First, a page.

3. RESULTS AND DISCUSSION 3.1. Characterization of Bimetallic Au/Ag Multispiked Nanoparticles. The average size of the Au/Ag multispiked NPs was approximately 90 nm, the largest NP observed was 130 nm, and the smallest measured was 70 nm. Figure 2a shows a TEM image of the Au/Ag multispiked NPs and Figure 2b shows a single particle with spikes of different morphology. The microstructure of the Au/Ag NPs was observed to vary according to the morphology of the nanospikes. Some of the spikes are observed to have more defects than others (see Figure 2c, d and Figure S1 in the Supporting Information). The growth of the spikes was observed to be along the ⟨011̅⟩ direction of the FCC structure (Figure 2c), and the growth mechanism along this direction involved the creation of defects at the center of the spikes. The formation of twin planes along the longest axis of the spikes [011̅] suggests that they grow plane symmetrically.31 Other spikes show the formation of multiple stacking faults, as can be seen in Figure 2d; however, when the growth is along the ⟨111⟩ direction, the spikes exhibited no defects, showing a single crystal structure. It has been found that silver nitrate plays a special role on the behavior of gold atoms during growth. Silver assisted growth is slower, and gold atoms would grow a structure with no defect.32 In other cases, gold atoms would change the stack packing because of the incorporation of silver and the small lattice mismatch between the two species.33 To study the chemical composition of the multispiked NPs, EDS analysis was performed at the core of the particle and on one of the spikes (see Figure 3). The gold and silver content C

dx.doi.org/10.1021/am5040939 | ACS Appl. Mater. Interfaces XXXX, XXX, XXX−XXX

ACS Applied Materials & Interfaces

Research Article

The high contrast observed in the high angle annular dark field (HAADF) image at the core in Figure 3a originates from thickness variations rather than to a difference in atomic number. The contrast in the HAADF image on the spike (Figure 3b) may indicate a variation in the composition distribution since there is no significant thickness variation. The EDS elemental mapping analysis of the spikes showed a homogeneous distribution of rich gold content on the spike. On the other hand, the silver content showed a preferential distribution at the surface of the spike, as it is shown in Figure 3b−e. This behavior was also observed for other spikes (see Supporting Information Figure S2). The gold and silver spherical NPs of average size of 90 nm were also synthesized by the previously described chemical methods. Figure 4 depicts the SEM micrographs of (a) gold and (b) silver NPs, while the image in the inset of the corresponding figures is the TEM image of a single Au and Ag NP, respectively.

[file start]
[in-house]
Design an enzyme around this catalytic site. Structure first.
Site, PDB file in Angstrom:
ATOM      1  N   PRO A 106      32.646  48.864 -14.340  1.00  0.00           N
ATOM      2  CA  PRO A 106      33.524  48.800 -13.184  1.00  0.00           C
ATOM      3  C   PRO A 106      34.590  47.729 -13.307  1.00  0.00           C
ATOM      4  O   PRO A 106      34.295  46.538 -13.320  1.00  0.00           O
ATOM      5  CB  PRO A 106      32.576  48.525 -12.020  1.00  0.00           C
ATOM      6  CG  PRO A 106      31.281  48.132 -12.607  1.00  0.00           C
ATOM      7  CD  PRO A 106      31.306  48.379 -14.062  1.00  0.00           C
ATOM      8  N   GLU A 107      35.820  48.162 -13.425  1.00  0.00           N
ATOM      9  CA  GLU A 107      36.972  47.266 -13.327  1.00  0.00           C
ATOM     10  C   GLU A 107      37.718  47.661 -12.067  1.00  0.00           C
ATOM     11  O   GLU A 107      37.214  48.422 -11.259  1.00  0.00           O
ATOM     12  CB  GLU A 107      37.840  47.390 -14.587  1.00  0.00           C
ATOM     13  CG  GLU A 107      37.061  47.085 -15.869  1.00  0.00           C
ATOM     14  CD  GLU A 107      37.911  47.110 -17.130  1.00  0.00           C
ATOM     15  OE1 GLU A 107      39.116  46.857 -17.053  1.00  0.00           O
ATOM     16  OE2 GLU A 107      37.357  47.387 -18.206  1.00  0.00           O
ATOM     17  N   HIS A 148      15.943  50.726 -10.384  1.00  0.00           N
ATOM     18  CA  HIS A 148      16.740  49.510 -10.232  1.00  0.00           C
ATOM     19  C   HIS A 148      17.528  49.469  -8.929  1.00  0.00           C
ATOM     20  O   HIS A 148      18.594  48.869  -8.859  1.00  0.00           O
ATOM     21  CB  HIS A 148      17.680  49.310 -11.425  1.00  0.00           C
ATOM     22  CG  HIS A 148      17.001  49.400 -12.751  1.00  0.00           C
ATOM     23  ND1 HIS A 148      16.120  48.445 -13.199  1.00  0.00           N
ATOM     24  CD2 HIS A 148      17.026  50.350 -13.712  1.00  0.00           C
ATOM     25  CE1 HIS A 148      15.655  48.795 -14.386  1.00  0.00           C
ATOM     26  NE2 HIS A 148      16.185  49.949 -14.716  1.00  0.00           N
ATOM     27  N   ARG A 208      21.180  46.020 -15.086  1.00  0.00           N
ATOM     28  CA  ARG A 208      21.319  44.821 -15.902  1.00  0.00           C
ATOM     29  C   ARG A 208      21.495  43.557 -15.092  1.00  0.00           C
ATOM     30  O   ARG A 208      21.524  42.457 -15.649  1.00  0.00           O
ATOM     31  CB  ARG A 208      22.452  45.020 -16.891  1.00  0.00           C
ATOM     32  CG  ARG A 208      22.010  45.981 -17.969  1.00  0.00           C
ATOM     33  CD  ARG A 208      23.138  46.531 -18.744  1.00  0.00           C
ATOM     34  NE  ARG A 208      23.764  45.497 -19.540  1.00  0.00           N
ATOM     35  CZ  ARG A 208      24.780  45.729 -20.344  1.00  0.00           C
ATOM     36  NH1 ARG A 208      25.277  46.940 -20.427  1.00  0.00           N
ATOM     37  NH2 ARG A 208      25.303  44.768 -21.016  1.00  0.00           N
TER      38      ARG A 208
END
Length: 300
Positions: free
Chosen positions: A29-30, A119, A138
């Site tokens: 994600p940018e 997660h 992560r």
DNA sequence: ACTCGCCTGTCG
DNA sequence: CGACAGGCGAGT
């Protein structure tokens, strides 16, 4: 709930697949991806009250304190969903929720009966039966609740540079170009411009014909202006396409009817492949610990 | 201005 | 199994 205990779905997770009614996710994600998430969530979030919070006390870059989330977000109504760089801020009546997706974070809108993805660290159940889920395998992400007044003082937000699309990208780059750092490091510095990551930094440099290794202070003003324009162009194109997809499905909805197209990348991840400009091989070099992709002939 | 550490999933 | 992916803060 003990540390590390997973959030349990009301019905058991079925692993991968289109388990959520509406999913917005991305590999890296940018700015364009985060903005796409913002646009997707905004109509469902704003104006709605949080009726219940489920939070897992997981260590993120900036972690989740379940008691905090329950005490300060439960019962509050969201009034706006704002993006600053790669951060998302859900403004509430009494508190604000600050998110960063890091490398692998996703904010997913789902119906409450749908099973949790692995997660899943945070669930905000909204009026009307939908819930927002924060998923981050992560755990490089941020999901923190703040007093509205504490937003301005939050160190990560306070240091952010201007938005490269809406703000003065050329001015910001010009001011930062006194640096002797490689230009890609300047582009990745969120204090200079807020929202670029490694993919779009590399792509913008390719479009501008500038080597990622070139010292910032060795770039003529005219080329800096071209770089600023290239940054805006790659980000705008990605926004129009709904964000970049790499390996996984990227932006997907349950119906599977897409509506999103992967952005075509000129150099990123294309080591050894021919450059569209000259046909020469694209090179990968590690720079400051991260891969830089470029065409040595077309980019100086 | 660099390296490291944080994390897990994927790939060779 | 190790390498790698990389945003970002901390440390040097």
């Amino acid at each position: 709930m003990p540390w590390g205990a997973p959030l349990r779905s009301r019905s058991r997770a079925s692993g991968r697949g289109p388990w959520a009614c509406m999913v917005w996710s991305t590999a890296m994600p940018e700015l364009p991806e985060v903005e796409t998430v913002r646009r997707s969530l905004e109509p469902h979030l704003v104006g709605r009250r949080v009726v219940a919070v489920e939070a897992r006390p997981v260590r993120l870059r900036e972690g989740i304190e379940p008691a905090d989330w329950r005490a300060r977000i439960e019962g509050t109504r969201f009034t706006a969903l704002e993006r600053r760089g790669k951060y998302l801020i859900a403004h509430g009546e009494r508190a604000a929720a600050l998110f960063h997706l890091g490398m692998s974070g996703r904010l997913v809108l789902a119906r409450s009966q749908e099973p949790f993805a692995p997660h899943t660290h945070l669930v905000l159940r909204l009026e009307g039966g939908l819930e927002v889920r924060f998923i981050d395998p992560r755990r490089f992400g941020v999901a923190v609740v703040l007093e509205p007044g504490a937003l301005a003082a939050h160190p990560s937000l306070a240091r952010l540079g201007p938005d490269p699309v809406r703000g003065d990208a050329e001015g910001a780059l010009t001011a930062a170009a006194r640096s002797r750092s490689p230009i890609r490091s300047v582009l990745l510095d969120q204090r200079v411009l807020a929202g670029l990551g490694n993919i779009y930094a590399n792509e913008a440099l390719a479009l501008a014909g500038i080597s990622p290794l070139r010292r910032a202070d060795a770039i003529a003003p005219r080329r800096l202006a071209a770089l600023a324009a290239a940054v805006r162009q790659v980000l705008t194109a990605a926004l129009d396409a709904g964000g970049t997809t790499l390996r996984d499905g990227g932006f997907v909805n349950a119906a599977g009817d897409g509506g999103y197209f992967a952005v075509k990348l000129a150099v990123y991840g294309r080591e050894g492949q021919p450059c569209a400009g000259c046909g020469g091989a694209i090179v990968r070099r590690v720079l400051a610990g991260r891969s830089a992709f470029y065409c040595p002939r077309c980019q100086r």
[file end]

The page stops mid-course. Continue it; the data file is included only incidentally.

Figure 2. (a) TEM image of the Au/Ag multispiked NPs. (b) Single Au/Ag multispiked NP showing different spike morphologies. (c) HRTEM image of the tip of a spike. Enlarged atomic structure image with FFT pattern showing the [011] orientation and the growth direction along [011]̅ . (d) Detailed structure of a different spike, showing multiple defects along the long axis of the spike.

Figure 4. SEM micrographs of (a) Au NPs and (b) Ag NPs. The TEM image of a single Au and Ag NP is included in the corresponding inset.

was observed to be distributed along the whole particle as in an alloy (Figure 3a, b). Along the spikes, more silver content was detected at the surface of the spike (Figure 3b−e). The strongest values for the EDS signal were observed at the center of the nanoparticles where the thickness is largest (Figure 3a).

3.2. Raman scattering and Uv−Vis Measurements. To investigate the Raman enhancement induced by metallic NPs, we measured the Raman scattering of rhodamine 6G (R6G) in an AAO template with and without metallic NPs. The self-